10 Reasons Why Mastermind Groups Fail

Mastermind groups are an extraordinary way to help you accomplish success is your personal and business life. But I’ve seen too many mastermind groups fail, falling off the face of the Earth at an alarming rate.

Here’s a short list of the most common reasons why mastermind groups fail:

    1. Members are not committed. They don’t show up for every meeting. They make excuses why they didn’t achieve the actions and goals they set for themselves. They don’t pay attention during meetings and/or don’t participate fully.


    1. The Group Facilitator does not have a good handle on how groups function, and doesn’t know how to build trust and communication in a group environment. They’re not trained to keep group conversations going, to deal with difficult members, or to keep energy levels high.


    1. The mastermind group is too large. The purpose of a mastermind group is that everyone gets a chance to bring their problem, decision or idea to the table, and that everyone gets to brainstorm with the person in the “hot seat.” If the group is too large, people get left out of discussions.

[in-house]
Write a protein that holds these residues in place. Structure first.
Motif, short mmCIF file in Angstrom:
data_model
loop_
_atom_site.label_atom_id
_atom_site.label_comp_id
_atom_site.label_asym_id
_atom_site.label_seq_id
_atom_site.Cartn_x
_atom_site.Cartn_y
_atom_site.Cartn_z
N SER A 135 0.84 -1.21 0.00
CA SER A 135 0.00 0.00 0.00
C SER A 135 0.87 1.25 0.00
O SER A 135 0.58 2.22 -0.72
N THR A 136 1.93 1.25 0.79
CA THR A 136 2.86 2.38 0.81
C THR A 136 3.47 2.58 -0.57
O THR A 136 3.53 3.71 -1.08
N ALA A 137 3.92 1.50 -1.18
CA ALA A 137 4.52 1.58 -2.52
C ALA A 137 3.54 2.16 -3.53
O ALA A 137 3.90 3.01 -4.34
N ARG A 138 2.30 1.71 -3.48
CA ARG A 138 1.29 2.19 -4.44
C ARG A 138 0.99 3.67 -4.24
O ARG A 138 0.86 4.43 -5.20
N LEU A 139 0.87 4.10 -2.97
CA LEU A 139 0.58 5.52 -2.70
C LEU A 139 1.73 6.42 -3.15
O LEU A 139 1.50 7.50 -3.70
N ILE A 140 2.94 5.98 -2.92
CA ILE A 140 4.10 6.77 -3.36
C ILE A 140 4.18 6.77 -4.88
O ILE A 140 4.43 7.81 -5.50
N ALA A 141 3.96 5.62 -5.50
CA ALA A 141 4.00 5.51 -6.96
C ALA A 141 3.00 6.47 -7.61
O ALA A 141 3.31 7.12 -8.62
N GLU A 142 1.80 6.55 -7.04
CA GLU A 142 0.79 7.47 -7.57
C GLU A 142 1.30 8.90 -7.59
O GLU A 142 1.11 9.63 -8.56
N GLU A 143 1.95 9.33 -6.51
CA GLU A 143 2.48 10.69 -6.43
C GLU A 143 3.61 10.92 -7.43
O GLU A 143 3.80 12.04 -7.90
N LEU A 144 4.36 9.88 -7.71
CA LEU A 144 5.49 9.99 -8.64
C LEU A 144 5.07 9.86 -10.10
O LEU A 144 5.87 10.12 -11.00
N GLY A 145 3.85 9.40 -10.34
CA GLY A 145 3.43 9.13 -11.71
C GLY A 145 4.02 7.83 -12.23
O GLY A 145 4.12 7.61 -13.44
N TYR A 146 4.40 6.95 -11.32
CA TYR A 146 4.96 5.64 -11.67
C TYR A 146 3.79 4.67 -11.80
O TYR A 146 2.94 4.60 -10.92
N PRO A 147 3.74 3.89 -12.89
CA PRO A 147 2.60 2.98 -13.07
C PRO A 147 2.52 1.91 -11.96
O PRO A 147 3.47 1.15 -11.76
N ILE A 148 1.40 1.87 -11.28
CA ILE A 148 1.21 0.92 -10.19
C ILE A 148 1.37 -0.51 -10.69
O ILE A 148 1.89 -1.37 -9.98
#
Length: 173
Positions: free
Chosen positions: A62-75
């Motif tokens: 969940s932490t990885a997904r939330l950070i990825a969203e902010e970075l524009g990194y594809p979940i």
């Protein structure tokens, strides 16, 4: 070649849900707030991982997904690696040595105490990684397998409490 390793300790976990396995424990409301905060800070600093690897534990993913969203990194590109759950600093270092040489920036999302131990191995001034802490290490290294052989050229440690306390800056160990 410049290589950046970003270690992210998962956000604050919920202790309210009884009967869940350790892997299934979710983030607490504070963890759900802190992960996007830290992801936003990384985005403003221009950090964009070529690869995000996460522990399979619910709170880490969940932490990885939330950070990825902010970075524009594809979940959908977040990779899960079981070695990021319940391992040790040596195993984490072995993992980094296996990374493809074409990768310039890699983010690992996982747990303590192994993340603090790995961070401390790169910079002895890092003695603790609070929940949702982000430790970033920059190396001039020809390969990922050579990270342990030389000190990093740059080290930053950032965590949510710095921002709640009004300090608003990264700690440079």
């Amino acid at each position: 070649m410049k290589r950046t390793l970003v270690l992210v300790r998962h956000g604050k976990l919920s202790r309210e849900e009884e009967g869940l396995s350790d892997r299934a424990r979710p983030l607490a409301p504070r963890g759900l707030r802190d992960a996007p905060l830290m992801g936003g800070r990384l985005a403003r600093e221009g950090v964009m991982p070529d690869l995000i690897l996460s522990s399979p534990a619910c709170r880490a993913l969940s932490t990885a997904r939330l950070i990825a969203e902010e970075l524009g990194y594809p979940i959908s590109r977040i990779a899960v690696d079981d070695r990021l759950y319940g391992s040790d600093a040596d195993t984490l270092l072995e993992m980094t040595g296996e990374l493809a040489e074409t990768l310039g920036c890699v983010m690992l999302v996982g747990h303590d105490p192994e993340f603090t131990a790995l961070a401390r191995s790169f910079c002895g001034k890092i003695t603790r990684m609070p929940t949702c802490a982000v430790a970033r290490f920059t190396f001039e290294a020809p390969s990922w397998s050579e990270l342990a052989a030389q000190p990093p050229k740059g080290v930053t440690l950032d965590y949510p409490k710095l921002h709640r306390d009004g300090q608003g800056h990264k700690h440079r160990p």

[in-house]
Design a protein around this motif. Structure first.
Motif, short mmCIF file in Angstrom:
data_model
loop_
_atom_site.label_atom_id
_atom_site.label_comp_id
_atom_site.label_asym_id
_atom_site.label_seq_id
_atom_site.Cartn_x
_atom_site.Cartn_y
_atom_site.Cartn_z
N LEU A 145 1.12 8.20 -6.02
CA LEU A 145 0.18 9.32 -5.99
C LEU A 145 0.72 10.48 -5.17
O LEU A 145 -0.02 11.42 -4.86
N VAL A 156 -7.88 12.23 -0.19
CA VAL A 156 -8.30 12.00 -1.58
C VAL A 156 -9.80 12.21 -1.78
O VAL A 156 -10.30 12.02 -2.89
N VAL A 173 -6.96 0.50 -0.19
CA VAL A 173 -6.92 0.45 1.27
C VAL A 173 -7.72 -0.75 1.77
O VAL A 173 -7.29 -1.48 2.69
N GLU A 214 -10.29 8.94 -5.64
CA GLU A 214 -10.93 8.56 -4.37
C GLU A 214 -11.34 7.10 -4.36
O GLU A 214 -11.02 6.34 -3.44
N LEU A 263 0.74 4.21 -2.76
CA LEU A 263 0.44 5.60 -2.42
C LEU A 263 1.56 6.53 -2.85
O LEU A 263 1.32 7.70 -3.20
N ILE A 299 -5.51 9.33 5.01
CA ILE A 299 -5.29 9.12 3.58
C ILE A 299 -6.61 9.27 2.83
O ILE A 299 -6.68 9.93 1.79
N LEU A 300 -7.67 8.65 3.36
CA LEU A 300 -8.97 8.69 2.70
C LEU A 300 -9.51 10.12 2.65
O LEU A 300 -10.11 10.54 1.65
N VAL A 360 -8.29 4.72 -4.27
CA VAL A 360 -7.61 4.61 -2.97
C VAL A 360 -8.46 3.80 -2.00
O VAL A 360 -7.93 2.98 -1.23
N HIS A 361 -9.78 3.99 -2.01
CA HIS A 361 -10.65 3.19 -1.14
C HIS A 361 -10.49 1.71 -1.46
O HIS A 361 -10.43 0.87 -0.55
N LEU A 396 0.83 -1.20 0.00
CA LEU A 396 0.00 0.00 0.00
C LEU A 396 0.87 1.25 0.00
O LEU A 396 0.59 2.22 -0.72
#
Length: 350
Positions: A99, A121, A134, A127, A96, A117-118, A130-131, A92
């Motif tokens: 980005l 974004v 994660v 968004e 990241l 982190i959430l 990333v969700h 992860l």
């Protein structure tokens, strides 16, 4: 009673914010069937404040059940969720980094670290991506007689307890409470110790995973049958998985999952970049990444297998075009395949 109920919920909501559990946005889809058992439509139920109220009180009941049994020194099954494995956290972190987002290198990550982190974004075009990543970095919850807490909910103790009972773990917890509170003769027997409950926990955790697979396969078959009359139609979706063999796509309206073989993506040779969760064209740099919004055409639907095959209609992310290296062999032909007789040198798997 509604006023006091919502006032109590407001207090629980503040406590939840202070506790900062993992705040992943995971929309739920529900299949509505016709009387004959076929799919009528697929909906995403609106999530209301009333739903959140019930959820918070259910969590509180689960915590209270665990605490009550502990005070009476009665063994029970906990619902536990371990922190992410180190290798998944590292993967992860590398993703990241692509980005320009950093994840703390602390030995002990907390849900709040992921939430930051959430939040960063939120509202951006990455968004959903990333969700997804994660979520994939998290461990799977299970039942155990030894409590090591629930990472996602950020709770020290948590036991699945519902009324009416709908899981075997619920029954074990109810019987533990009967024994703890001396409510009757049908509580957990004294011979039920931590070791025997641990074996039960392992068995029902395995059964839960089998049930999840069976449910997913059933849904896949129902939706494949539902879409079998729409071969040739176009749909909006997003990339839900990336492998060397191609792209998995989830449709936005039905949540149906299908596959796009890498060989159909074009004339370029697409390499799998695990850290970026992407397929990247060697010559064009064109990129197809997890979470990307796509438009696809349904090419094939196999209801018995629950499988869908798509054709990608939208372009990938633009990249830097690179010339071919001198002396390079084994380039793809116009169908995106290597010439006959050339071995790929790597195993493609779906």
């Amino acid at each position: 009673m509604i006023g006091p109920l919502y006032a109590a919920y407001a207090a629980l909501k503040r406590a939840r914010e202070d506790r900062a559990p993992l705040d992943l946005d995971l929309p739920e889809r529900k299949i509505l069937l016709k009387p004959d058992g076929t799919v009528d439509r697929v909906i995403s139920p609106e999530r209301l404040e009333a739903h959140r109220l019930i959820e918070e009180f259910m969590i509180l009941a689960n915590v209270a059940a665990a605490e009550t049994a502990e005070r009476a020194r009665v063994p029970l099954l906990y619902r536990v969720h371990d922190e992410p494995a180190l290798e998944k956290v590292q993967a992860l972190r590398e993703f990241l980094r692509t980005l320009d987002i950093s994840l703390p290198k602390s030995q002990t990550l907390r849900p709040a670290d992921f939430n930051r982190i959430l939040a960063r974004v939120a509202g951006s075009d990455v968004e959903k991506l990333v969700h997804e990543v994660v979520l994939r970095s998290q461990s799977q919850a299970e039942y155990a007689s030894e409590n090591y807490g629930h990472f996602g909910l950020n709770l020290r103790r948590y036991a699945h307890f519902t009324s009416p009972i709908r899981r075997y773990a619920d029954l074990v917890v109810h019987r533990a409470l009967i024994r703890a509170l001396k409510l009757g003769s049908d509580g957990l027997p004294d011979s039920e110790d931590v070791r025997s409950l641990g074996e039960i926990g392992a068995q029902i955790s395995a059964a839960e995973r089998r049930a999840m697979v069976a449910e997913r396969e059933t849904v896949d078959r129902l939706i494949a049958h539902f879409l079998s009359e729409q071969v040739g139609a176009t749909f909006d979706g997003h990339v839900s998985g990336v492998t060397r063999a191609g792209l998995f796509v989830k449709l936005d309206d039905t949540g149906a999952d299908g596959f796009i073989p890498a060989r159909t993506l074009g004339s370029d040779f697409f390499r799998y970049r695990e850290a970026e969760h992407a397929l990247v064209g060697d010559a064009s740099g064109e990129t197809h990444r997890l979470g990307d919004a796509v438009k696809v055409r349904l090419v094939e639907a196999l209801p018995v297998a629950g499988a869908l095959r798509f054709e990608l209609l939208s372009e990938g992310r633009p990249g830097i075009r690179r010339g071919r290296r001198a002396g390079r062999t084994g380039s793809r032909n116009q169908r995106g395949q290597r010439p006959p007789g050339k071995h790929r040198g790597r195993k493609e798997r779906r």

1. There’s no mechanism for communication between meetings. Meetings typically range from 90 minutes to a full weekend. But what about all the time between meetings when life continues to happen?


    1. The Group Facilitator treats the mastermind group like a class, lecturing to the members instead of encouraging the members to work with each other as a peer advisory board.


    1. The group hasn’t decided on the purpose of the group and the structure of the meetings, so everyone flounders.


    1. The members fail to hold each other accountable. They don’t hold people’s feet to the fire and they allow members to make excuses about why something didn’t get done.


    1. The group doesn’t meet often enough. One of the benefits of a group is that each member selects a goal or action item to be completed by the next meeting. If the meetings are too far apart, all momentum is lost.


    1. The members’ experience level/success level ranges too widely. While having very successful people in a mastermind group is great for a new person, the more seasoned person will feel they’re not getting as much value from the group.


  1. The group members don’t feel safe in the group environment. People will not open up and talk about their problems and challenges if they fear ridicule or rejection. They also will not open up if they feel their competitors are in the same room, listening to their problems or stealing their best ideas.

Don’t let your group sink into obscurity. A little bit of planning and education will allow you group to prosper and thrive, benefitting everyone.

© Karyn Greenstreet.

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